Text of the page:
Monday, January 11, 2010

Options Action- JPM Risk Reversal

The subjects covered in my last post, namely sector rotation and imploding volatility, received some face time in Friday night's Options Action. What insight did the gurus have to add?

Well, none really.

As to whether or not the rotation out of tech and into financials is here to stay, the best two points made were:
1. it's tough to read too much into one week's worth of trading (agreed) 2. if the market's uptrend continues, no doubt technology will be bought up and one point or another so the weakness may be short lived (agreed).

What about volatility? All fingers pointed to the usual suspects most of us are no doubt already aware of: low volume over the holidays, less trading days in the Jan cycle, and an absence of any huge market moving events.

As earnings season is coming round the corner, a few earnings related option plays were discussed. The one I'd like to muse over for today was a risk-reversal on JP Morgan Chase (JPM) currently trading around $44.60. In anticipation of a neutral to mildly bullish earnings reaction, the suggestion was to simultaneously sell a Feb 42 put for $.85 and buy a Feb 48 call for $.50 resulting in a net credit of $.35. For those that are in unfamiliar territory when it comes to risk reversals, it can be easily understood when broken down into its individual parts. It simply involves selling one OTM put and then buying one or more OTM calls with the proceeds.

By selling the JPM Feb 42 put, you obligate yourself to buy 100 shares of JPM at $42. The ideal scenario would be for JPM to remain above 42, allowing the put to expire worthless and you to keep the $85 credit received. By also purchasing the Feb 48 call for $50 debit, you gain the right to purchase JPM if it rises above $48 by Feb expiration. The alluring aspect of adding the 48 call to the short 42 put is that you now have unlimited upside profit potential if JPM rallies strong off of earnings. The drawback to the long 48 call is that you have to give up $50 of the $85 credit received from the short 42 put. If JPM fails to rise sufficiently, then you've essentially thrown away that $50.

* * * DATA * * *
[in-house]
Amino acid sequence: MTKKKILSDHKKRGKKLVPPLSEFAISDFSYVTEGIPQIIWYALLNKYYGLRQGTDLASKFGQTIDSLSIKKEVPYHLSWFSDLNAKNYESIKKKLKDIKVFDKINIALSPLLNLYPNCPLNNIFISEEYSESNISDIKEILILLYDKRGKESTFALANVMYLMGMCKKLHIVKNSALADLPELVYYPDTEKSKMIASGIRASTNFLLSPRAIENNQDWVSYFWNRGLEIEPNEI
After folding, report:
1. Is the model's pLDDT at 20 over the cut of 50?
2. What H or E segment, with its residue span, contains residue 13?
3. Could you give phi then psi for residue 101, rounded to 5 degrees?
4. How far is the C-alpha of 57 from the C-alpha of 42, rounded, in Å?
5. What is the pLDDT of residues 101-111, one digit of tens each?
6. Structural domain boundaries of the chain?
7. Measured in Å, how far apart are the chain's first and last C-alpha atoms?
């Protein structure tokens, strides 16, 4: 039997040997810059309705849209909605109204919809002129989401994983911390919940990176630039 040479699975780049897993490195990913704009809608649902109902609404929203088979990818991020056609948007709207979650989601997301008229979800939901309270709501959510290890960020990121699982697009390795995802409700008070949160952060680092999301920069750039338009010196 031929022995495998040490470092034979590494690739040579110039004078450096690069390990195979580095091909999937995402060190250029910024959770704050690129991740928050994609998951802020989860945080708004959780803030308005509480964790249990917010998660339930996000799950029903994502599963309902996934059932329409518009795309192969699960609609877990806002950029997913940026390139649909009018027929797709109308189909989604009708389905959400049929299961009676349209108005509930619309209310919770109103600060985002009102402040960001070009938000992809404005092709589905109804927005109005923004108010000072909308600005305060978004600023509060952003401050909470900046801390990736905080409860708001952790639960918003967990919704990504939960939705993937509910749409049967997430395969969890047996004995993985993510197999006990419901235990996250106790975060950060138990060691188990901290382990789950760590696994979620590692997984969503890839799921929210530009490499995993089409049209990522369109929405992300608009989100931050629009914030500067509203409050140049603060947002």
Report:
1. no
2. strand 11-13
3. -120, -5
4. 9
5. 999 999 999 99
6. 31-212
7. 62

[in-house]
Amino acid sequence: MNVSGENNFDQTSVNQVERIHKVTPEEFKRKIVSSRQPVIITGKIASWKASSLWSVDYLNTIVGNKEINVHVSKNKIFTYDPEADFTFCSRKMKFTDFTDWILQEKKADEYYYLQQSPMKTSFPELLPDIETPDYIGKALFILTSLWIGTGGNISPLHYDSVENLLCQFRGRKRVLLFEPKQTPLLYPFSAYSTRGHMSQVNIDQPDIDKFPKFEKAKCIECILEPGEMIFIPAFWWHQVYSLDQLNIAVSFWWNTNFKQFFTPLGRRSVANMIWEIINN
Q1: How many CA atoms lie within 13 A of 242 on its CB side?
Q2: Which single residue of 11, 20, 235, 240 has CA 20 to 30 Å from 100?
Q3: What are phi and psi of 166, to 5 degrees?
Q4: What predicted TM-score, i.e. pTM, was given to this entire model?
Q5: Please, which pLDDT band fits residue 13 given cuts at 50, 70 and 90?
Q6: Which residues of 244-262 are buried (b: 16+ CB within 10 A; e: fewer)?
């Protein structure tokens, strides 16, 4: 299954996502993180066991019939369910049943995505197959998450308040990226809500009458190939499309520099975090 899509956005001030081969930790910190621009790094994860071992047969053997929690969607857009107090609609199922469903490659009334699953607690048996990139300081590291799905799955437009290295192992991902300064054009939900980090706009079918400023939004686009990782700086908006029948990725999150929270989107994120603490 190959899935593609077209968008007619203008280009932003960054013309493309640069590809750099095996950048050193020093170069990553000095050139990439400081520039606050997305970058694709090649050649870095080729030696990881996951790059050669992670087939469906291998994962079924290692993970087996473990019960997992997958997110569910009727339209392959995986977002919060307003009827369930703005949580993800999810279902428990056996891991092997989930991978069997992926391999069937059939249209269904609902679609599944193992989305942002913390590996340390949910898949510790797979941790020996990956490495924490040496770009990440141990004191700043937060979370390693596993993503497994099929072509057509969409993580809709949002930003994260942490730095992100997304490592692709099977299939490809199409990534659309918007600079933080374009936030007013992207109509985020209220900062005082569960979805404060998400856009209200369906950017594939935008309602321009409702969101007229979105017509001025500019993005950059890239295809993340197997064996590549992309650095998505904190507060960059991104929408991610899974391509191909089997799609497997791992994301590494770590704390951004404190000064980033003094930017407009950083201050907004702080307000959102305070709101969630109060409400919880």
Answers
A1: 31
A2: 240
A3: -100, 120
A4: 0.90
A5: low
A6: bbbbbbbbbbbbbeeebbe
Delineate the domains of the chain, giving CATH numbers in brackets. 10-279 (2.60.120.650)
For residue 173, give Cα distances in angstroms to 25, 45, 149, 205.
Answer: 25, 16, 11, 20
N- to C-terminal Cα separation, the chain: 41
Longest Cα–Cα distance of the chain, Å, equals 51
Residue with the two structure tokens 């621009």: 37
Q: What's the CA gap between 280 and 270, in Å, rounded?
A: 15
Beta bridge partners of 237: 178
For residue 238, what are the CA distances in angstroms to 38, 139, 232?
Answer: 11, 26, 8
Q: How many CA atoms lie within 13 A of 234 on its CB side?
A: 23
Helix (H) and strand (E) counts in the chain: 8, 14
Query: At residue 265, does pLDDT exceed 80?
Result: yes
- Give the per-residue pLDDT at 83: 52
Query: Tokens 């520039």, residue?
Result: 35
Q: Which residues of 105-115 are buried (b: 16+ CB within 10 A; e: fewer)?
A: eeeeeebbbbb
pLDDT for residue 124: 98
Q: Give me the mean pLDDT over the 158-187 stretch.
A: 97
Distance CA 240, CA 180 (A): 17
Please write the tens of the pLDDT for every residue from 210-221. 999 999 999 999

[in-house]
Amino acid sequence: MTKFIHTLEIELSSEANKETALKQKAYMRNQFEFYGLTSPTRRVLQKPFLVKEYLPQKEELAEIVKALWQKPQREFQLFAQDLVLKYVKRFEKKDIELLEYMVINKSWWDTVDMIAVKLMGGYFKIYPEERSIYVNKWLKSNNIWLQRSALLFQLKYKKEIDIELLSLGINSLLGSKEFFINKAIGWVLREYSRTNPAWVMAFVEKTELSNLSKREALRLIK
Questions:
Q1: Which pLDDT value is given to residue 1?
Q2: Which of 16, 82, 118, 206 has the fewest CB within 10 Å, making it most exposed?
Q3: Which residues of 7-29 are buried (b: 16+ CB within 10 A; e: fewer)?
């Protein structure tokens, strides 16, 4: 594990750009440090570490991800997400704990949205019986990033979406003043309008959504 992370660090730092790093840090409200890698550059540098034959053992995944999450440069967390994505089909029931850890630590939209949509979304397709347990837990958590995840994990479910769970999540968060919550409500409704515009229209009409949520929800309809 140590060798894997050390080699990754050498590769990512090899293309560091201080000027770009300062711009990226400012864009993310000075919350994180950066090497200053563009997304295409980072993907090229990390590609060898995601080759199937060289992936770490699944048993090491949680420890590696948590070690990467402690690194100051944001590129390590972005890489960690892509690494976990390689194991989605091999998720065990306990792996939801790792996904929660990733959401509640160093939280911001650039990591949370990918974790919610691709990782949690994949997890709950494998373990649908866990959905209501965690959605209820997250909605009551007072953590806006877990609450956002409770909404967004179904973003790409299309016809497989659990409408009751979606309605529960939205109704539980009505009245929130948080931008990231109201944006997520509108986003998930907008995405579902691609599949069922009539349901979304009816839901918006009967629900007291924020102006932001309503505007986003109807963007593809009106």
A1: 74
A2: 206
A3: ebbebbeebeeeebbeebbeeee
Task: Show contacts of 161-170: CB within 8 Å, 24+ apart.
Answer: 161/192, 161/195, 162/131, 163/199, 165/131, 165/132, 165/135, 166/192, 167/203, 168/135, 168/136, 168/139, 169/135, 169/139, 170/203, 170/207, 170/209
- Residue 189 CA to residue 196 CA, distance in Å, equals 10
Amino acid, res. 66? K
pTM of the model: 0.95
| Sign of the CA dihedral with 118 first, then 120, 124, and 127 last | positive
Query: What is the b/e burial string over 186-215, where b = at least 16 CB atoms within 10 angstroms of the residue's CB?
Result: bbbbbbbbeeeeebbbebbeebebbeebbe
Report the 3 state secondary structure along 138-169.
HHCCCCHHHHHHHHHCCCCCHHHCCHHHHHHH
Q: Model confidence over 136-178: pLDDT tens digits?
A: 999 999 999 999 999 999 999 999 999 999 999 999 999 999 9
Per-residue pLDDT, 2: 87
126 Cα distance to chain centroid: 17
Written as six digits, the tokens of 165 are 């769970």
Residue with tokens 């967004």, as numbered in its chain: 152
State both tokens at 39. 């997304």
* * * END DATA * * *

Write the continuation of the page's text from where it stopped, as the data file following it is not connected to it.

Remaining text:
Normally I'd offer up a risk graph illustrating the pay-off diagram for the trade, but my software is refusing to give me option quotes. So the following chart will have to suffice for now. I'll post the other chart when my platform decides to get its act together.
[Source: EduTrader]

I tend to prefer simply selling puts to entering risk-reversals, especially since buying short term OTM options is usually a low probability bet. Though if I wanted to swing for the fence and bet on a large bullish move, risk-reversals aren't a bad way to do it.

For related posts, check out:


steveplace said...

For your viewing pleasure:

Tyler Craig said...

Many Thanks Steve-